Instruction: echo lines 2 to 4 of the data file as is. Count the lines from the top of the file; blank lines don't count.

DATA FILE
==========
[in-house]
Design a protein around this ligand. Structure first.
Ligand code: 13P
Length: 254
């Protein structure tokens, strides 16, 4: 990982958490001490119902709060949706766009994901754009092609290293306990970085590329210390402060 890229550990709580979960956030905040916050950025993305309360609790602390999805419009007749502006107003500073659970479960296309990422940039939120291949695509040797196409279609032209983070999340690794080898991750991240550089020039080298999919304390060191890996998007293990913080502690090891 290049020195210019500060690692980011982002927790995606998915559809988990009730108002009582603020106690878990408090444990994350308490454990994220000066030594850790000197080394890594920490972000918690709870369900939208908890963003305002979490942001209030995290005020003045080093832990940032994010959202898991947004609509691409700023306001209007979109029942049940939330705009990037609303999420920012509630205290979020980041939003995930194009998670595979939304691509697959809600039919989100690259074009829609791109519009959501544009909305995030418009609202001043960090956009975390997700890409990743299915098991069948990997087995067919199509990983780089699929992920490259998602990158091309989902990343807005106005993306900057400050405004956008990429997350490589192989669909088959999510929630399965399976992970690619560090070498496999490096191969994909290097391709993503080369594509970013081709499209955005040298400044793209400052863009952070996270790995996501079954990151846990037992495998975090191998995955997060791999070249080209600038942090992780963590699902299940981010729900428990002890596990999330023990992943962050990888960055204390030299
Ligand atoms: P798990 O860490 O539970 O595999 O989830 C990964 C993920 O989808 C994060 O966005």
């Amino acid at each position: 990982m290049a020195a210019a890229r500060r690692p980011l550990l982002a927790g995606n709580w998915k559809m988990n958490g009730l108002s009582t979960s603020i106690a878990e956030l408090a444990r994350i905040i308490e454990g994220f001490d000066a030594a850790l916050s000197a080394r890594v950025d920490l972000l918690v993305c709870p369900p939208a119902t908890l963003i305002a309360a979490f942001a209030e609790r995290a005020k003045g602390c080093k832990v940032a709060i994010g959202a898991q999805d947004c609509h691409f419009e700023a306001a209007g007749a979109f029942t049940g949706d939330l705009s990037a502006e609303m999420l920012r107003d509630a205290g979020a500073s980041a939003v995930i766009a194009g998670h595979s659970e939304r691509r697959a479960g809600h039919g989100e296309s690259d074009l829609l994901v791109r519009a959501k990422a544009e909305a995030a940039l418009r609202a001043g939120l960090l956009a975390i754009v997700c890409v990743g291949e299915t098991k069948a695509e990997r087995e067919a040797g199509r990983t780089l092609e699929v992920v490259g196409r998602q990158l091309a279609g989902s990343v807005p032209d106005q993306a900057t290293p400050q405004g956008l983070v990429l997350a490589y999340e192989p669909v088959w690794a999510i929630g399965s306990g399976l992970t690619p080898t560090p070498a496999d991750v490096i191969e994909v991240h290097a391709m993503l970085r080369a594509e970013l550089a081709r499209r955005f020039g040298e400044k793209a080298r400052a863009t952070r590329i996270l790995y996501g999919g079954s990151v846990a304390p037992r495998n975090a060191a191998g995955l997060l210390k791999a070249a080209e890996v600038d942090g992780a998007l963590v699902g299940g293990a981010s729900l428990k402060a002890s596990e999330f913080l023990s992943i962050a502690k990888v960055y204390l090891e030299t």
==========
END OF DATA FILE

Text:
Design a protein around this ligand. Structure first.
Ligand code: 13P
Length: 254